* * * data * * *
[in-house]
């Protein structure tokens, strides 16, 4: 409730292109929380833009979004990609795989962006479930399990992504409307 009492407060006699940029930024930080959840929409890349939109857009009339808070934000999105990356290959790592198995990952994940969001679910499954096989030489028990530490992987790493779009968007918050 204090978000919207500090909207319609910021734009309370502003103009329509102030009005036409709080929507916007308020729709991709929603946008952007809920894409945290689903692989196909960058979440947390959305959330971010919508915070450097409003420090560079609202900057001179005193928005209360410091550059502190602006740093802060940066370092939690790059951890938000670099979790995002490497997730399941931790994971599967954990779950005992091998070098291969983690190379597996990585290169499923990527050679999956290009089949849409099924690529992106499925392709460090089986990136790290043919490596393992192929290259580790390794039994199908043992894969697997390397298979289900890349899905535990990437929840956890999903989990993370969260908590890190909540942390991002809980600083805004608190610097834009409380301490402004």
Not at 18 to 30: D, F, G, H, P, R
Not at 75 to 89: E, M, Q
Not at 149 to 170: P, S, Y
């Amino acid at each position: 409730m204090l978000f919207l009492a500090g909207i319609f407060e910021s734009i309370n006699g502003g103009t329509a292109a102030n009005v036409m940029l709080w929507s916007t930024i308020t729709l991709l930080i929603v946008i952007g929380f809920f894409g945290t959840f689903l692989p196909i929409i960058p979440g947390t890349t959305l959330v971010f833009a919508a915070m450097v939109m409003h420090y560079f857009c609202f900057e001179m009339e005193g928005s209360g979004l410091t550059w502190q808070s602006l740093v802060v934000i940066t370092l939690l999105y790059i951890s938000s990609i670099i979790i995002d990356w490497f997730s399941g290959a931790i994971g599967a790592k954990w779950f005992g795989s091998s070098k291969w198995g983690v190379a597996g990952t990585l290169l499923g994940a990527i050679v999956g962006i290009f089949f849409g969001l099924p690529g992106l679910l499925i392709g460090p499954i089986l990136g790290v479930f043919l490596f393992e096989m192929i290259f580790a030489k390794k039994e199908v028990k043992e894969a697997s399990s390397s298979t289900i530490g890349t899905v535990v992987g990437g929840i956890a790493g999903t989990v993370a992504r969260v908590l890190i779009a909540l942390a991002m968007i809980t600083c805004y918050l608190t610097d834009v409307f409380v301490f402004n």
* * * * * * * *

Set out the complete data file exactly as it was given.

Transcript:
[in-house]
């Protein structure tokens, strides 16, 4: 409730292109929380833009979004990609795989962006479930399990992504409307 009492407060006699940029930024930080959840929409890349939109857009009339808070934000999105990356290959790592198995990952994940969001679910499954096989030489028990530490992987790493779009968007918050 204090978000919207500090909207319609910021734009309370502003103009329509102030009005036409709080929507916007308020729709991709929603946008952007809920894409945290689903692989196909960058979440947390959305959330971010919508915070450097409003420090560079609202900057001179005193928005209360410091550059502190602006740093802060940066370092939690790059951890938000670099979790995002490497997730399941931790994971599967954990779950005992091998070098291969983690190379597996990585290169499923990527050679999956290009089949849409099924690529992106499925392709460090089986990136790290043919490596393992192929290259580790390794039994199908043992894969697997390397298979289900890349899905535990990437929840956890999903989990993370969260908590890190909540942390991002809980600083805004608190610097834009409380301490402004």
Not at 18 to 30: D, F, G, H, P, R
Not at 75 to 89: E, M, Q
Not at 149 to 170: P, S, Y
């Amino acid at each position: 409730m204090l978000f919207l009492a500090g909207i319609f407060e910021s734009i309370n006699g502003g103009t329509a292109a102030n009005v036409m940029l709080w929507s916007t930024i308020t729709l991709l930080i929603v946008i952007g929380f809920f894409g945290t959840f689903l692989p196909i929409i960058p979440g947390t890349t959305l959330v971010f833009a919508a915070m450097v939109m409003h420090y560079f857009c609202f900057e001179m009339e005193g928005s209360g979004l410091t550059w502190q808070s602006l740093v802060v934000i940066t370092l939690l999105y790059i951890s938000s990609i670099i979790i995002d990356w490497f997730s399941g290959a931790i994971g599967a790592k954990w779950f005992g795989s091998s070098k291969w198995g983690v190379a597996g990952t990585l290169l499923g994940a990527i050679v999956g962006i290009f089949f849409g969001l099924p690529g992106l679910l499925i392709g460090p499954i089986l990136g790290v479930f043919l490596f393992e096989m192929i290259f580790a030489k390794k039994e199908v028990k043992e894969a697997s399990s390397s298979t289900i530490g890349t899905v535990v992987g990437g929840i956890a790493g999903t989990v993370a992504r969260v908590l890190i779009a909540l942390a991002m968007i809980t600083c805004y918050l608190t610097d834009v409307f409380v301490f402004n």